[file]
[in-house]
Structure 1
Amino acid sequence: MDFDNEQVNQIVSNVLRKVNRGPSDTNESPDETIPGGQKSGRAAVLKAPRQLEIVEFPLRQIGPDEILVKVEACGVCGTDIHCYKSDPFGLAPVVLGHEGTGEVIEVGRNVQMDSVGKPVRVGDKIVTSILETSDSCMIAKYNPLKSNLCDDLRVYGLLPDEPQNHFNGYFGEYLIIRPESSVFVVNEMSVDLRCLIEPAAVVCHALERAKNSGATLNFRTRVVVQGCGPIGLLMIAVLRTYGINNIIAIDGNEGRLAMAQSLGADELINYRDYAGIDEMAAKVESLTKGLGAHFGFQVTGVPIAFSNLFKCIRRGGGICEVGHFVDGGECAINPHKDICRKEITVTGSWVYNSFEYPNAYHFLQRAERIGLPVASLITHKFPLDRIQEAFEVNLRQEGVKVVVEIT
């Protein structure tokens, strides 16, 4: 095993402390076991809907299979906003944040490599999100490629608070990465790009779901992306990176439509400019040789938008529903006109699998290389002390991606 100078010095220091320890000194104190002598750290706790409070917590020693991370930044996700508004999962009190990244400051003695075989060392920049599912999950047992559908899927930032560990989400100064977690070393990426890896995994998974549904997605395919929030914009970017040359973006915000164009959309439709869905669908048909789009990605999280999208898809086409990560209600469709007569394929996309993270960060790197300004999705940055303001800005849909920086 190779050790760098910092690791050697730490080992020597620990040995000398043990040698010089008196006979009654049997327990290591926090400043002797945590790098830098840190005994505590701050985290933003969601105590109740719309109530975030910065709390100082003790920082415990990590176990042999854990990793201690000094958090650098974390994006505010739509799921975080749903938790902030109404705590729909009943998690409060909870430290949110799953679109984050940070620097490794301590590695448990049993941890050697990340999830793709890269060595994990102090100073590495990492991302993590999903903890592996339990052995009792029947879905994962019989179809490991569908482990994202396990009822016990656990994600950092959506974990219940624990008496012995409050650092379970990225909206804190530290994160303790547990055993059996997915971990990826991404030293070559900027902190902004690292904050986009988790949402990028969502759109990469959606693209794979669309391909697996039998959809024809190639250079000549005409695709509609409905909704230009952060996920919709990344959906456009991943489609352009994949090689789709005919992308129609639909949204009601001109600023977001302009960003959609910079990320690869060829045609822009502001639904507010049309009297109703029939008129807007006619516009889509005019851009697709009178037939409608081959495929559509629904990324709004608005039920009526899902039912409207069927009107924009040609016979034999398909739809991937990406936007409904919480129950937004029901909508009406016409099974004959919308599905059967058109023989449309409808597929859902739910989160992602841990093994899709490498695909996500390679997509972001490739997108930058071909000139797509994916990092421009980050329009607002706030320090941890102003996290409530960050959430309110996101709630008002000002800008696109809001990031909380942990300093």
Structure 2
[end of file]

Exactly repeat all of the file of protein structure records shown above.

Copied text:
[in-house]
Structure 1
Amino acid sequence: MDFDNEQVNQIVSNVLRKVNRGPSDTNESPDETIPGGQKSGRAAVLKAPRQLEIVEFPLRQIGPDEILVKVEACGVCGTDIHCYKSDPFGLAPVVLGHEGTGEVIEVGRNVQMDSVGKPVRVGDKIVTSILETSDSCMIAKYNPLKSNLCDDLRVYGLLPDEPQNHFNGYFGEYLIIRPESSVFVVNEMSVDLRCLIEPAAVVCHALERAKNSGATLNFRTRVVVQGCGPIGLLMIAVLRTYGINNIIAIDGNEGRLAMAQSLGADELINYRDYAGIDEMAAKVESLTKGLGAHFGFQVTGVPIAFSNLFKCIRRGGGICEVGHFVDGGECAINPHKDICRKEITVTGSWVYNSFEYPNAYHFLQRAERIGLPVASLITHKFPLDRIQEAFEVNLRQEGVKVVVEIT
């Protein structure tokens, strides 16, 4: 095993402390076991809907299979906003944040490599999100490629608070990465790009779901992306990176439509400019040789938008529903006109699998290389002390991606 100078010095220091320890000194104190002598750290706790409070917590020693991370930044996700508004999962009190990244400051003695075989060392920049599912999950047992559908899927930032560990989400100064977690070393990426890896995994998974549904997605395919929030914009970017040359973006915000164009959309439709869905669908048909789009990605999280999208898809086409990560209600469709007569394929996309993270960060790197300004999705940055303001800005849909920086 190779050790760098910092690791050697730490080992020597620990040995000398043990040698010089008196006979009654049997327990290591926090400043002797945590790098830098840190005994505590701050985290933003969601105590109740719309109530975030910065709390100082003790920082415990990590176990042999854990990793201690000094958090650098974390994006505010739509799921975080749903938790902030109404705590729909009943998690409060909870430290949110799953679109984050940070620097490794301590590695448990049993941890050697990340999830793709890269060595994990102090100073590495990492991302993590999903903890592996339990052995009792029947879905994962019989179809490991569908482990994202396990009822016990656990994600950092959506974990219940624990008496012995409050650092379970990225909206804190530290994160303790547990055993059996997915971990990826991404030293070559900027902190902004690292904050986009988790949402990028969502759109990469959606693209794979669309391909697996039998959809024809190639250079000549005409695709509609409905909704230009952060996920919709990344959906456009991943489609352009994949090689789709005919992308129609639909949204009601001109600023977001302009960003959609910079990320690869060829045609822009502001639904507010049309009297109703029939008129807007006619516009889509005019851009697709009178037939409608081959495929559509629904990324709004608005039920009526899902039912409207069927009107924009040609016979034999398909739809991937990406936007409904919480129950937004029901909508009406016409099974004959919308599905059967058109023989449309409808597929859902739910989160992602841990093994899709490498695909996500390679997509972001490739997108930058071909000139797509994916990092421009980050329009607002706030320090941890102003996290409530960050959430309110996101709630008002000002800008696109809001990031909380942990300093």
Structure 2